As a WorldTeach India Summer Volunteer, you will serve in semi-urban Ladakh by providing students and teachers with English language instruction based upon the correlating topics requested by school partners. For those schools that have access to computers, you will work in a dual capacity, providing some English as well as some computer literacy instruction. Placements will span grade levels from middle to high school.
During Orientation, you are provided with manuals for teaching both English and Life Skills, and these serve you in your lessons over the course of your service. Depending upon the needs of the school and your skills, you may teach some classes in addition to English or computer literacy.
WorldTeach volunteers may be placed at schools in semi-rural areas, where a local family will be your host, schools in Leh with housing facilities for teachers, and monastic schools where you may live among monks or nuns at a thousand-year-old monastery. Regardless of placement, you will have the opportunity to increase your cultural competency and learn about your surroundings, the community, and grow meaningfully by being a part of daily routines and traditions.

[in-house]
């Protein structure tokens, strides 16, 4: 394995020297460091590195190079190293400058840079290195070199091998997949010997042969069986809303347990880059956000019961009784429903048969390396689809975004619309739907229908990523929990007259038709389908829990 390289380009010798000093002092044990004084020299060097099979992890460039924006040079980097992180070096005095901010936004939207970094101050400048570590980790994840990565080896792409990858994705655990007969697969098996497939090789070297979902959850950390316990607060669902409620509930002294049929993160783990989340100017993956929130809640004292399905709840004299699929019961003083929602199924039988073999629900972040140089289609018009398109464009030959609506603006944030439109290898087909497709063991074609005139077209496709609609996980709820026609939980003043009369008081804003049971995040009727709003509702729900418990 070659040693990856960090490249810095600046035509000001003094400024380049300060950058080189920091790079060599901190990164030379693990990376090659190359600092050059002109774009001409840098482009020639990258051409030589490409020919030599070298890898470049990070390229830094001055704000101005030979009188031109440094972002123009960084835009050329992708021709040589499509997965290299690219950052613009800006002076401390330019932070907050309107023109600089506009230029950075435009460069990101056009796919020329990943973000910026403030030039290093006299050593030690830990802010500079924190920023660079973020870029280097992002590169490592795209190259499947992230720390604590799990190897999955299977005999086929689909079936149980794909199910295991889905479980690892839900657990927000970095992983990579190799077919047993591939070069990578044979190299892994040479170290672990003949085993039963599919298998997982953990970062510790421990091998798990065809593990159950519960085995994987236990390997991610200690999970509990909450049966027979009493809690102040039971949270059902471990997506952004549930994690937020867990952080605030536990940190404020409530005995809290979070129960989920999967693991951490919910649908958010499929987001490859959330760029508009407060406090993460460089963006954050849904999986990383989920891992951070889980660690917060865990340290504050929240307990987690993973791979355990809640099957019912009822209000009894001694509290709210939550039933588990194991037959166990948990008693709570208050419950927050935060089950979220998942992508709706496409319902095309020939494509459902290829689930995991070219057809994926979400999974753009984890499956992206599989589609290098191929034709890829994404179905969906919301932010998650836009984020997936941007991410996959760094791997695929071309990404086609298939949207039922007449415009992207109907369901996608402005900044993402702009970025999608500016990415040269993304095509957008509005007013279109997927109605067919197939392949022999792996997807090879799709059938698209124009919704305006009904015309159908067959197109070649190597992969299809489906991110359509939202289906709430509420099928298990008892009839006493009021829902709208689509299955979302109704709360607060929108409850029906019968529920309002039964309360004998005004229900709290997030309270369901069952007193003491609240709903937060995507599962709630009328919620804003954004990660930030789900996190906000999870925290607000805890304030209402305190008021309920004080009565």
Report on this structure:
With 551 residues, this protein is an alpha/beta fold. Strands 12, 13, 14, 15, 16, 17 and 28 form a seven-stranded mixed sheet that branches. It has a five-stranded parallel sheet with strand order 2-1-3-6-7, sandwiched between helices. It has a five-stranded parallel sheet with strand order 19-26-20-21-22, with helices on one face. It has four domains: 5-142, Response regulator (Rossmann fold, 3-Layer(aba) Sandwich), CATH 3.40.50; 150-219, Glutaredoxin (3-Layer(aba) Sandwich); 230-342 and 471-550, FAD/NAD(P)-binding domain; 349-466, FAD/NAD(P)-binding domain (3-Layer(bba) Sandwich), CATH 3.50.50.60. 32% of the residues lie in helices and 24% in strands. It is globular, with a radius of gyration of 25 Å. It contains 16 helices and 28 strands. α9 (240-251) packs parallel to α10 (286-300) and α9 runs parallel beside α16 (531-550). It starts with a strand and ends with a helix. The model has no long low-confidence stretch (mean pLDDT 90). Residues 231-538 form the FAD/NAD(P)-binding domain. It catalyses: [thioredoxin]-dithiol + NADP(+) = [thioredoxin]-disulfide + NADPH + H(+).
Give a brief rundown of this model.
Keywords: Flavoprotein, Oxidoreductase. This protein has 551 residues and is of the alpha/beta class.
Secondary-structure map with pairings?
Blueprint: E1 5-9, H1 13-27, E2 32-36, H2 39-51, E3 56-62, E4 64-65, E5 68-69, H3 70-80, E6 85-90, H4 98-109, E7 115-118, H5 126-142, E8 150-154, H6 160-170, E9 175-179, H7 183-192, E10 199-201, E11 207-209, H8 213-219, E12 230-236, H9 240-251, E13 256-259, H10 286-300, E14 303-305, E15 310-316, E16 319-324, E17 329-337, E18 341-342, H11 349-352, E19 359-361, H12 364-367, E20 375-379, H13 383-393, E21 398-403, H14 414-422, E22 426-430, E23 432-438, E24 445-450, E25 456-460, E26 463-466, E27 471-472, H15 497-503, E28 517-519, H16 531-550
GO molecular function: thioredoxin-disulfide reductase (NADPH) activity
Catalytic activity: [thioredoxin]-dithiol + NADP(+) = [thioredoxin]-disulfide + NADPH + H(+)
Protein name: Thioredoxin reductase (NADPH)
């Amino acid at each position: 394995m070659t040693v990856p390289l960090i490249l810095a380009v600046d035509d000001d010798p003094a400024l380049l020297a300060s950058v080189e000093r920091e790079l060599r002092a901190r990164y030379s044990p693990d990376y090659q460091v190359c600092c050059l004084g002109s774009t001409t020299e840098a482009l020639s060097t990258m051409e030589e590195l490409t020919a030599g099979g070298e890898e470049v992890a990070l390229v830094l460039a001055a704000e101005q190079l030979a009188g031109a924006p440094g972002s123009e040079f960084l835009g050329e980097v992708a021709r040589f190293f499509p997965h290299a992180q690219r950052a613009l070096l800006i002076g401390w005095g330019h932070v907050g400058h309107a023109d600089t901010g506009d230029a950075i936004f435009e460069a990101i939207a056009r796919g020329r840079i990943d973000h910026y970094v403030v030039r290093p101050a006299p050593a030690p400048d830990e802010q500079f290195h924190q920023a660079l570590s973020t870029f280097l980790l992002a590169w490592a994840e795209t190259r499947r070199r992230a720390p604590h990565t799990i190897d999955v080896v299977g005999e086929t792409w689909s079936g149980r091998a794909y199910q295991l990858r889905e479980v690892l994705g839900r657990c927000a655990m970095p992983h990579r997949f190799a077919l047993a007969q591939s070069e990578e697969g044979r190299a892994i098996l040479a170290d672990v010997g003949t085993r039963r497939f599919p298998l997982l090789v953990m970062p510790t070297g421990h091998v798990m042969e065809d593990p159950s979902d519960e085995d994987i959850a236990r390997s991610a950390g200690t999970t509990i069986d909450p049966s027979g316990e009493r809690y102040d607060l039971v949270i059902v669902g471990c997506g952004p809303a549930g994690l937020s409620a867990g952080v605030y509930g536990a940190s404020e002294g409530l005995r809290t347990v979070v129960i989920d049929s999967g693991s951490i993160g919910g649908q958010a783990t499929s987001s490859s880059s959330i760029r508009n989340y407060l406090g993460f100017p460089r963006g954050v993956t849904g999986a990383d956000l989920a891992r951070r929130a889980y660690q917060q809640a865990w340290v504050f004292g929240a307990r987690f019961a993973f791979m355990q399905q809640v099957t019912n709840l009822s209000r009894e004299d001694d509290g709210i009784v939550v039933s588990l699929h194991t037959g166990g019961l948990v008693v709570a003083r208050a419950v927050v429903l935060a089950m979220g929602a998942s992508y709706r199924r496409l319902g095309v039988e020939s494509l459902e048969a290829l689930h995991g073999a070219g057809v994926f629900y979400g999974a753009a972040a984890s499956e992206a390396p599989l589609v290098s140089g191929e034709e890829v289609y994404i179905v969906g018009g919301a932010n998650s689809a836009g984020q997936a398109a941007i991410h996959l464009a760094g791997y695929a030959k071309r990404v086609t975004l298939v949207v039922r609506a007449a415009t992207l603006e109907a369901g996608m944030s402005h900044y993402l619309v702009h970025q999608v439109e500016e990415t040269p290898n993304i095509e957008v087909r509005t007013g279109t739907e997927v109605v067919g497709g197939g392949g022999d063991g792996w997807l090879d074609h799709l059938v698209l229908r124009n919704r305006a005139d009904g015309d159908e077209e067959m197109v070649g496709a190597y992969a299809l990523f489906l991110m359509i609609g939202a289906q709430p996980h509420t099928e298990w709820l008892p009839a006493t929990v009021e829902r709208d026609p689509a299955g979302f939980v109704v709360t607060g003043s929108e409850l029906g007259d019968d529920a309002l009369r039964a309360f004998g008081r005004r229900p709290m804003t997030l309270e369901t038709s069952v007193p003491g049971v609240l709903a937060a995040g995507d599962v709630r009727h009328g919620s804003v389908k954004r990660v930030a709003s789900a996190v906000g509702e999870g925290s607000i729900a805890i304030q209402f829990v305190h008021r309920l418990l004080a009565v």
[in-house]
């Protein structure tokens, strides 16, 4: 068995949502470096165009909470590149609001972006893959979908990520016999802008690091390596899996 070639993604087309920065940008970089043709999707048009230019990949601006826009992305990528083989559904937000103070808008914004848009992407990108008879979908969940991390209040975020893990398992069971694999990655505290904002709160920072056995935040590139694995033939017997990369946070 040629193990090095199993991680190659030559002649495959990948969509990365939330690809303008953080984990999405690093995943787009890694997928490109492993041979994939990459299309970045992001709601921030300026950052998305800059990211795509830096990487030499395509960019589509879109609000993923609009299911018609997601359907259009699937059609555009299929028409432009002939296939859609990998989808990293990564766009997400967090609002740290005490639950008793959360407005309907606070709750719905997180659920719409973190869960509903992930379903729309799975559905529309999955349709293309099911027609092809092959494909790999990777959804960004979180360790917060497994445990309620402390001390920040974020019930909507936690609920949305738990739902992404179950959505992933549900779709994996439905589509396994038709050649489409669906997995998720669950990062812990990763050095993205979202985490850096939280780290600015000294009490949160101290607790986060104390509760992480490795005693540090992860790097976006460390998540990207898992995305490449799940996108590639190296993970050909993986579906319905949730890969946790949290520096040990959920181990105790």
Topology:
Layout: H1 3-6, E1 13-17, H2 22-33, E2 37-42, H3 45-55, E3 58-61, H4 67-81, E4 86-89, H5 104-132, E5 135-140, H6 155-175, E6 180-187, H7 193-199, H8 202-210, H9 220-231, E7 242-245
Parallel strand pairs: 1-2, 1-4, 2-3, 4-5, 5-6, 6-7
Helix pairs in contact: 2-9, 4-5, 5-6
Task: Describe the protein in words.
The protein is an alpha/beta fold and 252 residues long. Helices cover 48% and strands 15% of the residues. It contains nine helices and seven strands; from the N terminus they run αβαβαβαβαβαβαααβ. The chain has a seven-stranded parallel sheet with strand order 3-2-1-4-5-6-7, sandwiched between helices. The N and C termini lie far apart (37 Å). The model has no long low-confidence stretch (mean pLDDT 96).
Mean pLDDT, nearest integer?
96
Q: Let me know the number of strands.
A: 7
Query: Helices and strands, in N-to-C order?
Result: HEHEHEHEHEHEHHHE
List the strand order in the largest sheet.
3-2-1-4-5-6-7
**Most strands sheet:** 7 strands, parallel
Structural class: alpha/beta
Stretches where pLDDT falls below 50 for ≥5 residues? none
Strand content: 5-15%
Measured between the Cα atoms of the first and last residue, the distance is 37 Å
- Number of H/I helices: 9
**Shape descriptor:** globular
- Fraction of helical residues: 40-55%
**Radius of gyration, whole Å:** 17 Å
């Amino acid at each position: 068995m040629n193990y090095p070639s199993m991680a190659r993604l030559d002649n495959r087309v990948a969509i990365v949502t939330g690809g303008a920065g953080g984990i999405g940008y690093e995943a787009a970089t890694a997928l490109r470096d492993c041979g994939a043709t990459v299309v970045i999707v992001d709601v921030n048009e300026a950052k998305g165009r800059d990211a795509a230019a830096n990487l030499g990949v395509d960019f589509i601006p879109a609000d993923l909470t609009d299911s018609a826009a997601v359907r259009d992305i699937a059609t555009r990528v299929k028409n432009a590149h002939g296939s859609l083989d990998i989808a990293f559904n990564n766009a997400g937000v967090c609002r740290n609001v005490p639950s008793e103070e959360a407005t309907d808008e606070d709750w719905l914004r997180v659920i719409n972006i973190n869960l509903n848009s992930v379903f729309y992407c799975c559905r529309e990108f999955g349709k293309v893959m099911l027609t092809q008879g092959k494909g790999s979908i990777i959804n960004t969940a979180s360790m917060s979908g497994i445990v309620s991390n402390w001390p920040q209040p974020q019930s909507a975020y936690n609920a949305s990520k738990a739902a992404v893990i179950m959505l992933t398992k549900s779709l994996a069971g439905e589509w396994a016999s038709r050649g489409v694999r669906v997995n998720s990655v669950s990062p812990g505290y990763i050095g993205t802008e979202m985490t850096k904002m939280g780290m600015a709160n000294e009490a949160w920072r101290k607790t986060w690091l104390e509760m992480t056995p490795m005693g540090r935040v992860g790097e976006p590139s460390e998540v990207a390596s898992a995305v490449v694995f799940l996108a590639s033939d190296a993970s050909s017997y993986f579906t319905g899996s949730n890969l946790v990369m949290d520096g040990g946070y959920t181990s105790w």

Once you complete your volunteer service, you’ll get to explore the stunning beauty of Ladakh with your cohort of WorldTeach volunteers. You’ll visit the beautiful high-altitude lake of Tso Moriri on the camping trip of a life-time, and explore Hemis National Park, the home of the ghost of the mountains, the Himalayan Snow Leopard. On a three day trek through the mountains, see if you can spot some Himayalan Ibexes, Blue Sheep, or the friendly marmots that live on the slopes. The group will participate in the End of Service conference in Leh, allowing all of you to reflect upon your summer of service in India and your personal journeys of discovery across Ladakh.
You’ll live with a host family, or in a residential school’s housing for teachers. Schools will help us identify host families, and so many host families may be associated with the schools where you teach. WorldTeach Alumni recall their host family as one of the highlights of their programs. We anticipate that you are placed in pairs at host schools for support and safety reasons.
The cost of the India Summer program is $4,290. This covers pre-departure preparation and visa if necessary, supplemental overseas medical and emergency evacuation insurance, one week in-country orientation as well as a Mid-Service and End-of-Service conferences, an Exploration and Reflection excursion lasting up to one week, 24-hour field staff support, room and board, and alumni support and networking.
Many volunteers successfully fund raise all or a significant portion of their volunteer commitment. Please refer to our fundraising webpage for more information about fundraising possibilities.
Volunteers in the India Summer program must:
- Be a native-level English speaker
- Be between the ages of 18 and 74
- Be flexible, open-minded, and patient
- Have a genuine interest in teaching and effects of climate change